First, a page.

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Ames-led computational study opens door to designing strength and ductility into high-entropy alloys

Computational materials science experts at the US Department of Energy’s Ames Laboratory and their collaborators at Texas A&M and Tomsk State University in Russia have identified the source of and the way to tune the strength and ductility of high-entropy alloys (HEAs). The discovery may help the power-generation and aviation industries develop more efficient engines, reducing fuel consumption and carbon emissions.

The work is presented in a paper in Physical Review Letters.

High-entropy alloys are composed from four or more different elements, and often have many desirable properties—they are lightweight, strong, ductile, corrosion resistant and ideal for energy-generation applications in extreme environments, such as aviation.

However, because the elements that make up an alloy can vary, as well as their relative proportions, experimentally testing the sheer number of possible combinations and their properties is difficult and time-consuming.

The Ames Laboratory-led team used a quantum-mechanical modeling method to computationally discover and predict the atomic structure of a particularly promising HEA system, FexMn80−xCo10Cr10, and how transformations and defects in that structure result in a stronger, more ductile material.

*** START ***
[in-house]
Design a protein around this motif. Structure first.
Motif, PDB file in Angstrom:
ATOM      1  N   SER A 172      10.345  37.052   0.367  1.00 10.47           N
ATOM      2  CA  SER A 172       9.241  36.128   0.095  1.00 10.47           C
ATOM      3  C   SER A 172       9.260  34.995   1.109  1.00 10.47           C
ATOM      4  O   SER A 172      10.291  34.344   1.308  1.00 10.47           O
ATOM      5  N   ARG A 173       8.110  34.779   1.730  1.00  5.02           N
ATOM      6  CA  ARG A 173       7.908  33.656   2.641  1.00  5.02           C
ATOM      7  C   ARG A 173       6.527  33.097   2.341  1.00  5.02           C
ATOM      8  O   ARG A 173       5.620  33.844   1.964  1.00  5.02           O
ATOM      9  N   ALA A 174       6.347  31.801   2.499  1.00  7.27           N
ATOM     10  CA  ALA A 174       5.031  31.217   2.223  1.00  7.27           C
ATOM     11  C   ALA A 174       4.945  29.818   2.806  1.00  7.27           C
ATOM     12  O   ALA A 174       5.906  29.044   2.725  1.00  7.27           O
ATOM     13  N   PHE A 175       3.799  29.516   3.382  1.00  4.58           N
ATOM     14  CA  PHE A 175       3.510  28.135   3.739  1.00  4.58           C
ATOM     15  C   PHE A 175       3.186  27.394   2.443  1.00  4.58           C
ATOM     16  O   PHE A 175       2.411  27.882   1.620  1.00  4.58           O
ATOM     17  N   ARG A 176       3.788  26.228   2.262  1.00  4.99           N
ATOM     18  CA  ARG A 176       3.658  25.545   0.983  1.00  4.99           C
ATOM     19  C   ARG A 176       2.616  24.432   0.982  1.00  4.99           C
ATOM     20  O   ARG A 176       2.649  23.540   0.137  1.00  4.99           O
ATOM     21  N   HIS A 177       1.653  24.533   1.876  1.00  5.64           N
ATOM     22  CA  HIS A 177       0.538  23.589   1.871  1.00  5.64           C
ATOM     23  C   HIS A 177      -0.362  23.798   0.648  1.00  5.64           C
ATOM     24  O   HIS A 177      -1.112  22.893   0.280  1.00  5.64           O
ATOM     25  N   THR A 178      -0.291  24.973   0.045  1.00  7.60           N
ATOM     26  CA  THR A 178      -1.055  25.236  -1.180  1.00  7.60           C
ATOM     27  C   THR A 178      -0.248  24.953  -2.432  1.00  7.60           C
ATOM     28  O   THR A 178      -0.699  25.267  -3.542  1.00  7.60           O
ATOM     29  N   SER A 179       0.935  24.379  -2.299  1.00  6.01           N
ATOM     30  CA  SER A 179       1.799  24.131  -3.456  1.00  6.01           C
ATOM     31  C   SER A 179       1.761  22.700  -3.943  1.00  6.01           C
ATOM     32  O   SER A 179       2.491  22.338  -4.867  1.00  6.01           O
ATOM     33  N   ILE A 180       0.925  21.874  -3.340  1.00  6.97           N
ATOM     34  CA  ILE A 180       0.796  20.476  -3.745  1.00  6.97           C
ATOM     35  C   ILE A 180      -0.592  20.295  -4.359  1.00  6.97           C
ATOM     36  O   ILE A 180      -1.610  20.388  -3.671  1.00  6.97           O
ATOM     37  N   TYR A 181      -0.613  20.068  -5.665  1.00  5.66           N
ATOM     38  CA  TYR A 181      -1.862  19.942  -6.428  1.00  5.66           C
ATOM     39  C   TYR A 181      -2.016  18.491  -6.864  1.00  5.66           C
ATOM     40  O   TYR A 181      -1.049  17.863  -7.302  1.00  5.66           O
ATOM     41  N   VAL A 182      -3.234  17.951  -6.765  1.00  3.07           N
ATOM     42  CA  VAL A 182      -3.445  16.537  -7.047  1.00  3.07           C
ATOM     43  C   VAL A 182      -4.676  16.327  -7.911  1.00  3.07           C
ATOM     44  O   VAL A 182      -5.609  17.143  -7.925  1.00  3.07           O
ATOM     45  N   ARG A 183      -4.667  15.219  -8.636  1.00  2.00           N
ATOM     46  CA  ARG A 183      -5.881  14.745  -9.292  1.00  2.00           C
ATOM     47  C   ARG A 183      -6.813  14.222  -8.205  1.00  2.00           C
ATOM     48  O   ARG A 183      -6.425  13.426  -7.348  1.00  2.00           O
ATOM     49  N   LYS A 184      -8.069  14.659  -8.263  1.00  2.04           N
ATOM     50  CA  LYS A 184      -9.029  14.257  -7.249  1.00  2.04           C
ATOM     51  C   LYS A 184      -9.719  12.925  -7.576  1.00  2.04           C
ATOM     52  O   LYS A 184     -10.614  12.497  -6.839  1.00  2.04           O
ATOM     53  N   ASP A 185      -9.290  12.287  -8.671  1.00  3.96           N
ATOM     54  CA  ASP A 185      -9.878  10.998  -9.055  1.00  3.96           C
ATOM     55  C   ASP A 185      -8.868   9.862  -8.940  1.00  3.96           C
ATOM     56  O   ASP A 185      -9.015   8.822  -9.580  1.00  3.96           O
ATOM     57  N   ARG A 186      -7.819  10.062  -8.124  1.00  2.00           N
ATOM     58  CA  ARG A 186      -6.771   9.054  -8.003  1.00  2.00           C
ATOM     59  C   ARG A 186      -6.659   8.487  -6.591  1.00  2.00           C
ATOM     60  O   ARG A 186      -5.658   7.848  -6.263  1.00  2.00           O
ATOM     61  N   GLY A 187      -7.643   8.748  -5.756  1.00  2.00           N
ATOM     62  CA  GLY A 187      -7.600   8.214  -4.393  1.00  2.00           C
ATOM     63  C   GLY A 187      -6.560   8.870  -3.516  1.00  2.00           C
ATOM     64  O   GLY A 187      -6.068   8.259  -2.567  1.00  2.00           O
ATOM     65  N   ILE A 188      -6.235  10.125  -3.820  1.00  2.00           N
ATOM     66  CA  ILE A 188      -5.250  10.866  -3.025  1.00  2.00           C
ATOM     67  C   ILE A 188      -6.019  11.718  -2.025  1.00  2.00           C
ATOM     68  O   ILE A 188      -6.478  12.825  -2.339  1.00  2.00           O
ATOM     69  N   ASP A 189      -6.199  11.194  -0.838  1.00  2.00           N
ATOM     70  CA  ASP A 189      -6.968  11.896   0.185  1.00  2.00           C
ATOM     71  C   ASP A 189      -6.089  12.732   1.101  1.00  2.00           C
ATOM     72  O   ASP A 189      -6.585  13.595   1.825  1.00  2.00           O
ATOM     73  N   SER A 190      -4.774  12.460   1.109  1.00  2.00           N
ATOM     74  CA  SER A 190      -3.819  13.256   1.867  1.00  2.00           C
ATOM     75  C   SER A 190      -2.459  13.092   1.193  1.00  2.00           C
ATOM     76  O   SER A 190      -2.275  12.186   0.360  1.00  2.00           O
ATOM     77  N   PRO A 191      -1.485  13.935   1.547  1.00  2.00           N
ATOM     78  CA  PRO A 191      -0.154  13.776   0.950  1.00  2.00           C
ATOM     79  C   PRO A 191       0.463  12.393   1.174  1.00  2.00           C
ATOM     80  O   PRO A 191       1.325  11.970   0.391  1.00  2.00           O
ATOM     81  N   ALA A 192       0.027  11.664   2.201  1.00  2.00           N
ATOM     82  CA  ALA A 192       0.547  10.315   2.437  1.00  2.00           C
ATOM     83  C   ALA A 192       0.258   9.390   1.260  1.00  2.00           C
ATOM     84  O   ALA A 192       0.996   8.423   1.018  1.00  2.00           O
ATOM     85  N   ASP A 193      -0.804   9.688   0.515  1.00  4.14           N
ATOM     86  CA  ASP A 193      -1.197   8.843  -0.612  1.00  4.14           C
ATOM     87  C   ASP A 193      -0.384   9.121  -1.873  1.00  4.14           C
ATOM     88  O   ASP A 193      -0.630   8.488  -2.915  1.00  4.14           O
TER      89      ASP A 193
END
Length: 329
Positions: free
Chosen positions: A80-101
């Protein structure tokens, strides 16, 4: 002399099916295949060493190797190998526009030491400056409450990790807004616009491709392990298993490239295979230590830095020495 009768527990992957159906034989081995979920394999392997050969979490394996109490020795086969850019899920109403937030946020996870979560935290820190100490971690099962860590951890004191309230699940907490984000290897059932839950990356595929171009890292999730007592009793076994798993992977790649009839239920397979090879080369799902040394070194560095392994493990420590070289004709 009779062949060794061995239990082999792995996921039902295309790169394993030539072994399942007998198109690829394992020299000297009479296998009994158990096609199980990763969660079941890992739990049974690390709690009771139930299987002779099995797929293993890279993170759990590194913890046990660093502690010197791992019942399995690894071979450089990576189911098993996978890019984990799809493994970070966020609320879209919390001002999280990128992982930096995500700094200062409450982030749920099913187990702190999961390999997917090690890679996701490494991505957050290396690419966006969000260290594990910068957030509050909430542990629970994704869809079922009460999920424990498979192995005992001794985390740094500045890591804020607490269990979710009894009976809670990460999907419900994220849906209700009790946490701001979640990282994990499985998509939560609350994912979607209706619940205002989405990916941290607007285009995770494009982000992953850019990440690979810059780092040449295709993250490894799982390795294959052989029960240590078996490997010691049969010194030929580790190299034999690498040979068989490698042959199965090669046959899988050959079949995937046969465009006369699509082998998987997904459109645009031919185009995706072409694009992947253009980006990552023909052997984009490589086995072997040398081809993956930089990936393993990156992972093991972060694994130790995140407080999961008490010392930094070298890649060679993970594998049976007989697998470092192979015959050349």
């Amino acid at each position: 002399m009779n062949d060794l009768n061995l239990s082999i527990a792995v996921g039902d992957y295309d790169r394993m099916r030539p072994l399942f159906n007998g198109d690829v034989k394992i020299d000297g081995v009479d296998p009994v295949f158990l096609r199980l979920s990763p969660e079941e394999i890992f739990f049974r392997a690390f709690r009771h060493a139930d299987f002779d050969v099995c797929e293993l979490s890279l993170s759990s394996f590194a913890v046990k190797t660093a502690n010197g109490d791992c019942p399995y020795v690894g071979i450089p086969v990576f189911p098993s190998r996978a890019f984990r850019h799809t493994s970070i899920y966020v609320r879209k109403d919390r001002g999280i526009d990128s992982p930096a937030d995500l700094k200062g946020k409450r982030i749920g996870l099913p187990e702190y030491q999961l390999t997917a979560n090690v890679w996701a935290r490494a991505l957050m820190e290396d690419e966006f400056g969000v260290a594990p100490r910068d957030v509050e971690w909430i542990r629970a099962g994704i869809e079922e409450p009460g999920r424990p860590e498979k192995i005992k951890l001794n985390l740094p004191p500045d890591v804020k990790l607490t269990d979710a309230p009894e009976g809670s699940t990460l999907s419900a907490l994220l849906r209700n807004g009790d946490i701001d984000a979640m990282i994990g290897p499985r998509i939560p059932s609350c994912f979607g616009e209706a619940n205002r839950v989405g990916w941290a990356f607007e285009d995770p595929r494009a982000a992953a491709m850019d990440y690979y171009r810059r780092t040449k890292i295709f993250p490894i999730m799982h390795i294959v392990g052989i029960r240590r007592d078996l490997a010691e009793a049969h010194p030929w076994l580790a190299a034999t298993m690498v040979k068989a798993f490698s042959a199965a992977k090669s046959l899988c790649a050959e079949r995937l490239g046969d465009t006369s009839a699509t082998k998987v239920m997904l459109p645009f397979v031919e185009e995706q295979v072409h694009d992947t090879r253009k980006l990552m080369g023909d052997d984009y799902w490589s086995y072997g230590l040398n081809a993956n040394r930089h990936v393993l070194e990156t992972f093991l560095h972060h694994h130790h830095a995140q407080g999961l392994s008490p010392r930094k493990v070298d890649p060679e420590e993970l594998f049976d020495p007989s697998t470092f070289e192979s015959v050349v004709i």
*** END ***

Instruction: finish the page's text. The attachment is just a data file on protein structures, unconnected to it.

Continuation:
When we can pinpoint these transformations and the effect they have on a material’s properties, we can predict the strength of it, and we can deliberately design strength and ductility into these very complex alloys.

—Ames Laboratory scientist Duane Johnson

These predictions were then confirmed experimentally, studying single-crystal samples with advanced electron microscopy, including selective-area and electron-backscattered diffraction. Notably, the method is applicable to any multi-element complex alloy.

Theory-guided computational design, Johnson said, holds great promise for optimizing the performance of these materials, making them stronger, more ductile, and in many cases, less expensive. These performance improvements could have big implications for applications in extreme environments, such as turbine engines for power-generation or aviation, which work more efficiently at higher temperatures.

Using this predictive method, we’ve been able to speed up our alloy development timeline by more than 50%, and demonstrate 10-20% higher operational temperatures.

In the case of aviation, Johnson said, this could translate into hundreds of millions of dollars in cost savings, and a significant reduction in greenhouse emissions.


  • P. Singh, S. Picak, A. Sharma, Y. I. Chumlyakov, R. Arroyave, I. Karaman, and Duane D. Johnson (2021) “Martensitic Transformation in FexMn80−xCo10Cr10 High-Entropy Alloy” Phys. Rev. Lett. 127, 115704 doi: 10.1103/PhysRevLett.127.115704


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